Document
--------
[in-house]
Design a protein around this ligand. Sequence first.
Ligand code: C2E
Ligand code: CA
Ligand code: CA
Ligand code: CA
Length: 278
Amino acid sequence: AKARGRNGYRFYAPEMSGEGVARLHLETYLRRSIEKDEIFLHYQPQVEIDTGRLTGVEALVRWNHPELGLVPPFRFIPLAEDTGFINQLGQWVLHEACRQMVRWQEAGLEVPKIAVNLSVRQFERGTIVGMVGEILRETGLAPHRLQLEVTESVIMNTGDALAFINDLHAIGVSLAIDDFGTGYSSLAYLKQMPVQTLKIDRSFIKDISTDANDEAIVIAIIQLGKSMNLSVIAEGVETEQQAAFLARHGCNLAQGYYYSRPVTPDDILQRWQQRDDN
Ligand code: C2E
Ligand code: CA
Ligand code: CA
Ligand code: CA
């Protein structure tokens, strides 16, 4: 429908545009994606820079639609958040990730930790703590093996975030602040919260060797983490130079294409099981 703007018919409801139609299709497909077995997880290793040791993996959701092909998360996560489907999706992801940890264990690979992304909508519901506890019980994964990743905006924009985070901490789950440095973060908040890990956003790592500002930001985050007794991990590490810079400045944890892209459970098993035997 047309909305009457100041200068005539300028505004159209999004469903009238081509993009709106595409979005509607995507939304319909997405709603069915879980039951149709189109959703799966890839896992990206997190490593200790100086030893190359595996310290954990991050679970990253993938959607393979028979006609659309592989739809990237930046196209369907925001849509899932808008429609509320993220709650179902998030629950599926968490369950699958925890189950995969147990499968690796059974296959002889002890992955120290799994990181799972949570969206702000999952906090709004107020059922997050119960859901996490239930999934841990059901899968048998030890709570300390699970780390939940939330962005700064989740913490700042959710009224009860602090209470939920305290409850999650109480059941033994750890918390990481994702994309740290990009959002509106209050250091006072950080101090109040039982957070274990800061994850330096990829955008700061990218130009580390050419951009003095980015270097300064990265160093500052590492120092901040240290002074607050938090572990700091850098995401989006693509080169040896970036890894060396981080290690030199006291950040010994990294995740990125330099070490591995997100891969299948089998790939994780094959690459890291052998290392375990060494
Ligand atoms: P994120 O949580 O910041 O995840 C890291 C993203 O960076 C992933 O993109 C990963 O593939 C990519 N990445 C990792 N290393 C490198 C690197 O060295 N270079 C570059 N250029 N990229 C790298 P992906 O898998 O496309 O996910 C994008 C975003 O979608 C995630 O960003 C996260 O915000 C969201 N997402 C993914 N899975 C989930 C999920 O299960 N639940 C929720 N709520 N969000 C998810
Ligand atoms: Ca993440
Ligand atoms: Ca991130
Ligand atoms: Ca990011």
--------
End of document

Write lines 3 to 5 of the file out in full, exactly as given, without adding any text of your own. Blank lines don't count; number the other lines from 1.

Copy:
Ligand code: C2E
Ligand code: CA
Ligand code: CA